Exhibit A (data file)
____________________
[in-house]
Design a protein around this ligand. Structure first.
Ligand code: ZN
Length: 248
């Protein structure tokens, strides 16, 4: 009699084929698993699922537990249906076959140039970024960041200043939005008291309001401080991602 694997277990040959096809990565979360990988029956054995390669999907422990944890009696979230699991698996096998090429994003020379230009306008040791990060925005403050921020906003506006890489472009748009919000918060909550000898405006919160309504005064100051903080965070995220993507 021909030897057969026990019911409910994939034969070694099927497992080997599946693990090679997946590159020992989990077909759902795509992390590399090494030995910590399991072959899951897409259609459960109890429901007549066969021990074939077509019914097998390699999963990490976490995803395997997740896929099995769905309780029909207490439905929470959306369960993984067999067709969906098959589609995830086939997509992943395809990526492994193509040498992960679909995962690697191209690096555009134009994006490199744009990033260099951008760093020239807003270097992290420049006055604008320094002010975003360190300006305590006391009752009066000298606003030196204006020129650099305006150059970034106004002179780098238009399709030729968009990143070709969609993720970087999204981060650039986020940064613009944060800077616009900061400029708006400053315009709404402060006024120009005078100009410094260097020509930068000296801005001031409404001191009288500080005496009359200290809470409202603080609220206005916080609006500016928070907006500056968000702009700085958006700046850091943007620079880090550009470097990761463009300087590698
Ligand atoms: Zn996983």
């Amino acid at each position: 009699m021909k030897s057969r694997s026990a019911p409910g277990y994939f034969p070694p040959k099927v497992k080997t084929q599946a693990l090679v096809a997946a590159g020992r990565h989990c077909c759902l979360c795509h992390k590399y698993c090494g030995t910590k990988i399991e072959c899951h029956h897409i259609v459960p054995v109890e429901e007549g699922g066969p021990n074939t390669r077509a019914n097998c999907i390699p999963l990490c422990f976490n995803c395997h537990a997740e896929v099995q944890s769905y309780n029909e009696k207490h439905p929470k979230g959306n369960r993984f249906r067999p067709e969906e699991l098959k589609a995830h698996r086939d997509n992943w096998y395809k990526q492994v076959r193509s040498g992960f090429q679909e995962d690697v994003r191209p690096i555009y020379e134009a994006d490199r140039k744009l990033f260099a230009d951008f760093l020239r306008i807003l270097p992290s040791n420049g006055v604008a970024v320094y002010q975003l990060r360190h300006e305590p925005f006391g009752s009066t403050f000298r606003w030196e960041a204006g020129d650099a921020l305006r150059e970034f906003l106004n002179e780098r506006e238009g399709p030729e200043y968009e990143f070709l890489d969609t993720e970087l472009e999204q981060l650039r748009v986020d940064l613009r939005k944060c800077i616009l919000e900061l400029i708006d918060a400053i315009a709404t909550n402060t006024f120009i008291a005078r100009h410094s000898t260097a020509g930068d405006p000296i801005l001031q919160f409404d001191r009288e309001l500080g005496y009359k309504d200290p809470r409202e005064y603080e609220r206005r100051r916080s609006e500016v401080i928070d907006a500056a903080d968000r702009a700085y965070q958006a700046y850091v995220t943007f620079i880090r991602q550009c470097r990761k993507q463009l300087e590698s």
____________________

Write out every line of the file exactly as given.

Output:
[in-house]
Design a protein around this ligand. Structure first.
Ligand code: ZN
Length: 248
């Protein structure tokens, strides 16, 4: 009699084929698993699922537990249906076959140039970024960041200043939005008291309001401080991602 694997277990040959096809990565979360990988029956054995390669999907422990944890009696979230699991698996096998090429994003020379230009306008040791990060925005403050921020906003506006890489472009748009919000918060909550000898405006919160309504005064100051903080965070995220993507 021909030897057969026990019911409910994939034969070694099927497992080997599946693990090679997946590159020992989990077909759902795509992390590399090494030995910590399991072959899951897409259609459960109890429901007549066969021990074939077509019914097998390699999963990490976490995803395997997740896929099995769905309780029909207490439905929470959306369960993984067999067709969906098959589609995830086939997509992943395809990526492994193509040498992960679909995962690697191209690096555009134009994006490199744009990033260099951008760093020239807003270097992290420049006055604008320094002010975003360190300006305590006391009752009066000298606003030196204006020129650099305006150059970034106004002179780098238009399709030729968009990143070709969609993720970087999204981060650039986020940064613009944060800077616009900061400029708006400053315009709404402060006024120009005078100009410094260097020509930068000296801005001031409404001191009288500080005496009359200290809470409202603080609220206005916080609006500016928070907006500056968000702009700085958006700046850091943007620079880090550009470097990761463009300087590698
Ligand atoms: Zn996983």
């Amino acid at each position: 009699m021909k030897s057969r694997s026990a019911p409910g277990y994939f034969p070694p040959k099927v497992k080997t084929q599946a693990l090679v096809a997946a590159g020992r990565h989990c077909c759902l979360c795509h992390k590399y698993c090494g030995t910590k990988i399991e072959c899951h029956h897409i259609v459960p054995v109890e429901e007549g699922g066969p021990n074939t390669r077509a019914n097998c999907i390699p999963l990490c422990f976490n995803c395997h537990a997740e896929v099995q944890s769905y309780n029909e009696k207490h439905p929470k979230g959306n369960r993984f249906r067999p067709e969906e699991l098959k589609a995830h698996r086939d997509n992943w096998y395809k990526q492994v076959r193509s040498g992960f090429q679909e995962d690697v994003r191209p690096i555009y020379e134009a994006d490199r140039k744009l990033f260099a230009d951008f760093l020239r306008i807003l270097p992290s040791n420049g006055v604008a970024v320094y002010q975003l990060r360190h300006e305590p925005f006391g009752s009066t403050f000298r606003w030196e960041a204006g020129d650099a921020l305006r150059e970034f906003l106004n002179e780098r506006e238009g399709p030729e200043y968009e990143f070709l890489d969609t993720e970087l472009e999204q981060l650039r748009v986020d940064l613009r939005k944060c800077i616009l919000e900061l400029i708006d918060a400053i315009a709404t909550n402060t006024f120009i008291a005078r100009h410094s000898t260097a020509g930068d405006p000296i801005l001031q919160f409404d001191r009288e309001l500080g005496y009359k309504d200290p809470r409202e005064y603080e609220r206005r100051r916080s609006e500016v401080i928070d907006a500056a903080d968000r702009a700085y965070q958006a700046y850091v995220t943007f620079i880090r991602q550009c470097r990761k993507q463009l300087e590698s």